Question #1) How on God's green earth did any body derive "or the desire for them' to be "a" (not "the") "Baptism of Desire" that awards salvation?
Question #2) This Canon, infallibly declared and is absolutely without error because it is defined under the protection of the Holy Ghost - furthermore, we are bound by Holy Mother the Church under penalty of anathema to believe and hold this Canon as a deposit of faith, carefully safeguarded and echoed by Holy Mother Church since the time of the Apostles. So my question #2 is.................Do we believe this canon - or a BOD as taught via the UOM? 

Stubborn Wrote:Question #1) How on God's green earth did any body derive "or the desire for them' to be "a" (not "the") "Baptism of Desire" that awards salvation?
Question #2) This Canon, infallibly declared and is absolutely without error because it is defined under the protection of the Holy Ghost - furthermore, we are bound by Holy Mother the Church under penalty of anathema to believe and hold this Canon as a deposit of faith, carefully safeguarded and echoed by Holy Mother Church since the time of the Apostles. So my question #2 is.................Do we believe this canon - or a BOD as taught via the UOM?

1.  I can only tell you that theologians have interpreted "or the desire for them" in support of baptism of desire.  As I noted in a previous post, Pohle-Preuss, Tanquerey, Hervé and Ott all referred to Sess. VI, chap. 4 (Denz. 796) and Sess. VII, can. 4 (Denz. 847) as supporting the doctrine of baptism of desire.

Hervé: "Ex ipso Tridentino et ex dictis constat Baptismum esse necessarium sed in re vel in voto; ideo extraordinarie suppleri potest.  Porro, juxta doctrinam catholicam, duo sunt quibus suppleri potest sacramentum Baptismi, actus nempe caritatis perfectæ cum voto Baptismi et martyrium.  Hæc autem duo, quia vices gerunt Baptismi fluminis seu aquæ, Baptismata ipsa dicuntur, ut, sub uno nomine quasi generico, cum illo comprehendantur; ita actus caritatis cum voto Baptismi vocatur Baptismus flaminis, et martyrium appellatur Baptismus sanguinis" (Manuale Theologicæ Dogmaticæ, vol. 3, sec. 571, p. 562; the citations to Trent appear on the following page, 563).

Tanquerey: "Tridentinum declaravit: 'Post Evangelium promulgatum nunquam fieri translationem a statu veteris Adam a statum gratiæ sine regenerationis lavacro aut ejus voto'; quod manifeste supponit lavacri seu Baptismi votum aliquando sufficere ad justificationem" (Synopsis Theologiæ Dogmaticæ, vol. III, sec. 517 Bc2, p. 363; cf. Denz. 796, 847, 898).

Pohle-Preuss appears to teach explicit baptism of desire: http://www.archive.org/stream/sacraments...t_djvu.txt (scroll down to pages 243-244)

Ott: "The Council of Trent teaches that justification from original sin is not possible 'without washing unto regeneration or the desire for the same' (sine lavacro regenerationis aut eius voto).  D 796.  Cf. D 847, 388, 413" (Fundamentals of Catholic Dogma, pp. 356-7).

2.  I understand that the canon was infallibly declared and is without any error whatsoever, and that we are bound under pain of sin to believe it.  Where you and I (and the theologians) disagree, however, is our respective interpretations of the canon.  You see a contradiction where -- it's very likely -- none exists.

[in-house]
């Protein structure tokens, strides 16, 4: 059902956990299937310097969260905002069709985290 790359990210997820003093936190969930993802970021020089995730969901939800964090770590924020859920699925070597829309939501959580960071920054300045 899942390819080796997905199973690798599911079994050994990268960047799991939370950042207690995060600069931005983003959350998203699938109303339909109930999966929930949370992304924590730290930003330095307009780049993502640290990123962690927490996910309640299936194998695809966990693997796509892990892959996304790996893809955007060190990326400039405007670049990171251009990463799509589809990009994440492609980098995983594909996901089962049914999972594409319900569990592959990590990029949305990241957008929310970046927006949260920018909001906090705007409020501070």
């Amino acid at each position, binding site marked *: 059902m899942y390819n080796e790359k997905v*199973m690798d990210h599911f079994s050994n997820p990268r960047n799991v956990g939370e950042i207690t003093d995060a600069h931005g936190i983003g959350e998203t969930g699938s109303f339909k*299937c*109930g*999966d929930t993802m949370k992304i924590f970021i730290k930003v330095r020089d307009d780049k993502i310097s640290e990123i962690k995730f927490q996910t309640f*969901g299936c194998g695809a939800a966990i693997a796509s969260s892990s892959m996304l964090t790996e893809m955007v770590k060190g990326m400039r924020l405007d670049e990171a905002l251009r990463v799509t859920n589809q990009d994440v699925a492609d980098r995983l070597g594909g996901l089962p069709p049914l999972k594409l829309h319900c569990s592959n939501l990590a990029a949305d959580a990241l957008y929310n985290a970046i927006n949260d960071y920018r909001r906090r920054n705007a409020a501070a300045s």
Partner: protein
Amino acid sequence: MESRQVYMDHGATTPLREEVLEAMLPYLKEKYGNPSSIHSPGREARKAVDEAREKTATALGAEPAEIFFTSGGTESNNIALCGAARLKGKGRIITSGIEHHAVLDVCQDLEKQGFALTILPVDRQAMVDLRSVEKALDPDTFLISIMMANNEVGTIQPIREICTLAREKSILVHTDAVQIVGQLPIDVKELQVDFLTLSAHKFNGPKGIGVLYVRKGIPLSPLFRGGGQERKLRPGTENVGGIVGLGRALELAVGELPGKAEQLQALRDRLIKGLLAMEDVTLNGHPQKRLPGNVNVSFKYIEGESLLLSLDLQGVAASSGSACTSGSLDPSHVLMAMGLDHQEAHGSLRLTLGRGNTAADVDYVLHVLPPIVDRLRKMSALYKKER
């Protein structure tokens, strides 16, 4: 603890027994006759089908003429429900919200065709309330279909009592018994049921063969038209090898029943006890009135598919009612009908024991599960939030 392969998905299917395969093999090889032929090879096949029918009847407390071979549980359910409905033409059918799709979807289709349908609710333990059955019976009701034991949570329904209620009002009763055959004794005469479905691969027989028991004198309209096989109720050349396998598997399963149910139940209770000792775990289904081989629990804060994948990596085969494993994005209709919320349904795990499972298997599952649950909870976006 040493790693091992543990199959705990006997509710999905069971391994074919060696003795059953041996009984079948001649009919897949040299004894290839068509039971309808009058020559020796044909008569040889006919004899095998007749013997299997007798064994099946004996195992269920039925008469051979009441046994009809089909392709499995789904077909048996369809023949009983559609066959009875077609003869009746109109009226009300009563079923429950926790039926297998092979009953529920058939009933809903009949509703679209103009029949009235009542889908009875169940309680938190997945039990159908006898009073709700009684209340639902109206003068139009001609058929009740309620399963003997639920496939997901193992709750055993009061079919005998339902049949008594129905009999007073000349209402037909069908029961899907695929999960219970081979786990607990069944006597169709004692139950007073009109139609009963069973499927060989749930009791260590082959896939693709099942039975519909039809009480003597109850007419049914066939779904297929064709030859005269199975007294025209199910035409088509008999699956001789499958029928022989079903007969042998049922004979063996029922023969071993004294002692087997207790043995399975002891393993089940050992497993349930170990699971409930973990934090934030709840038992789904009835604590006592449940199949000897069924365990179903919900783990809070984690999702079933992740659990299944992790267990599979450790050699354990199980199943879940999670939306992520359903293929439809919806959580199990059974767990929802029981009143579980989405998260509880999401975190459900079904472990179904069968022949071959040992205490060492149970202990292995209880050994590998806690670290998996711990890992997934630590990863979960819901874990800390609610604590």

(05-04-2011, 07:33 AM)SouthpawLink Wrote: [ -> ]Stubborn and Gregory I,
Kindly cite one post-Tridentine, distinguished* theologian who interpreted the Council of Trent and Ex Omnibus Afflictionibus in the same manner as you both have.  I have trouble following the private interpretations of laymen, neither of whom has a doctorate in sacred theology.  Thank you!  :)

That's almost too easy SouthpawLink...............Fr. Feeney was certainly distinguished, he is one that comes immediately to mind.

......the Rev. Leonard Feeney, 67, a defrocked Jesuit who in the '30s and '40s was one of the nation's best-known Catholic theological popularizers and convert seekers. Time Magazine Jan 01, 1965


Father Feeney’s genius as a writer, speaker and theologian, was attested to by some of the most prominent Catholic figures of his day.

John Cardinal Wright once referred to Fr. Feeney as "The greatest theologian in the Catholic Church today."

Bishop Fulton Sheen once said that the only substitute he would allow on his radio show was Father Feeney.

Frank Sheed, of Sheed and Ward said, "For Father Feeney, dogma is not only true; it is breathlessly exciting. That is his special vocation. . . to make his readers feel the thrill."

During Father's days at Oxford, Lord Cecil, the famous Oxford don admitted, "I am getting more out of my association with Leonard Feeney than he could possibly get from me." Of the Jesuit's writing, Cecil said, "it shines with a pure, clear light."

The Rev. John J. McEleny, S.J., Fr. Feeney's Jesuit Provincial, called him "The greatest theologian we have in the United States, by far."

The greatest theologian we have in the United States, by far." - — Rev. John J. McEleny, S.J., (Father's Jesuit Provincial)

After Father Feeney’s death in 1978, the great Scottish apostle of Christ the King, Hamish Fraser, eulogized him as "one of the most outstanding prophets of our time.